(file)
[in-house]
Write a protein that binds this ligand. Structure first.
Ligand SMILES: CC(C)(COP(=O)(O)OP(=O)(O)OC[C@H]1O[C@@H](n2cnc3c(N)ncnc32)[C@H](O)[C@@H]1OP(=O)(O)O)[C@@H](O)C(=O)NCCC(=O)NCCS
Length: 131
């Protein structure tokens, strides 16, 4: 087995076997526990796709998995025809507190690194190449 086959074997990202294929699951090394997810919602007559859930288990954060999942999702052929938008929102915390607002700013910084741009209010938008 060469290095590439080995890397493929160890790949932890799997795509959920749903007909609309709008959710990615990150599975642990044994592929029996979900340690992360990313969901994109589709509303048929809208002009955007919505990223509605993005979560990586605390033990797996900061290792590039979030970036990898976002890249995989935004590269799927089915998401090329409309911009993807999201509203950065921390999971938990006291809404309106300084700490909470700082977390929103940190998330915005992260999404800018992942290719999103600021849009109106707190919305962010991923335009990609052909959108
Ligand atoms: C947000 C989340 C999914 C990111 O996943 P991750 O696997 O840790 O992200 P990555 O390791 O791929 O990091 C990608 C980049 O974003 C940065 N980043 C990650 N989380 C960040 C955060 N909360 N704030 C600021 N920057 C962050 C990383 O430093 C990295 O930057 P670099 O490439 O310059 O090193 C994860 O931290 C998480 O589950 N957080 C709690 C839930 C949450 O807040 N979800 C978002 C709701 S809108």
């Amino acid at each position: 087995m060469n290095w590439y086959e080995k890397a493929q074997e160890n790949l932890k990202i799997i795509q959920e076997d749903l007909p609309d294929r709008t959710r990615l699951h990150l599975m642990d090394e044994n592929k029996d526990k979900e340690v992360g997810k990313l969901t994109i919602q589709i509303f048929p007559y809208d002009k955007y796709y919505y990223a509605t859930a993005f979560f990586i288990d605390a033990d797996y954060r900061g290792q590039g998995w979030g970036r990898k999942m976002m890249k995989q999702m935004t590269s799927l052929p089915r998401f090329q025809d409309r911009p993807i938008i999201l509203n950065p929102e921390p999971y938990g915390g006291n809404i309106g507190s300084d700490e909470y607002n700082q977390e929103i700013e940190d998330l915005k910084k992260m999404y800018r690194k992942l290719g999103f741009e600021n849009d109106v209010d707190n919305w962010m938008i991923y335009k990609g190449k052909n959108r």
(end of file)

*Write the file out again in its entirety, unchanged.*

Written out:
[in-house]
Write a protein that binds this ligand. Structure first.
Ligand SMILES: CC(C)(COP(=O)(O)OP(=O)(O)OC[C@H]1O[C@@H](n2cnc3c(N)ncnc32)[C@H](O)[C@@H]1OP(=O)(O)O)[C@@H](O)C(=O)NCCC(=O)NCCS
Length: 131
């Protein structure tokens, strides 16, 4: 087995076997526990796709998995025809507190690194190449 086959074997990202294929699951090394997810919602007559859930288990954060999942999702052929938008929102915390607002700013910084741009209010938008 060469290095590439080995890397493929160890790949932890799997795509959920749903007909609309709008959710990615990150599975642990044994592929029996979900340690992360990313969901994109589709509303048929809208002009955007919505990223509605993005979560990586605390033990797996900061290792590039979030970036990898976002890249995989935004590269799927089915998401090329409309911009993807999201509203950065921390999971938990006291809404309106300084700490909470700082977390929103940190998330915005992260999404800018992942290719999103600021849009109106707190919305962010991923335009990609052909959108
Ligand atoms: C947000 C989340 C999914 C990111 O996943 P991750 O696997 O840790 O992200 P990555 O390791 O791929 O990091 C990608 C980049 O974003 C940065 N980043 C990650 N989380 C960040 C955060 N909360 N704030 C600021 N920057 C962050 C990383 O430093 C990295 O930057 P670099 O490439 O310059 O090193 C994860 O931290 C998480 O589950 N957080 C709690 C839930 C949450 O807040 N979800 C978002 C709701 S809108």
């Amino acid at each position: 087995m060469n290095w590439y086959e080995k890397a493929q074997e160890n790949l932890k990202i799997i795509q959920e076997d749903l007909p609309d294929r709008t959710r990615l699951h990150l599975m642990d090394e044994n592929k029996d526990k979900e340690v992360g997810k990313l969901t994109i919602q589709i509303f048929p007559y809208d002009k955007y796709y919505y990223a509605t859930a993005f979560f990586i288990d605390a033990d797996y954060r900061g290792q590039g998995w979030g970036r990898k999942m976002m890249k995989q999702m935004t590269s799927l052929p089915r998401f090329q025809d409309r911009p993807i938008i999201l509203n950065p929102e921390p999971y938990g915390g006291n809404i309106g507190s300084d700490e909470y607002n700082q977390e929103i700013e940190d998330l915005k910084k992260m999404y800018r690194k992942l290719g999103f741009e600021n849009d109106v209010d707190n919305w962010m938008i991923y335009k990609g190449k052909n959108r």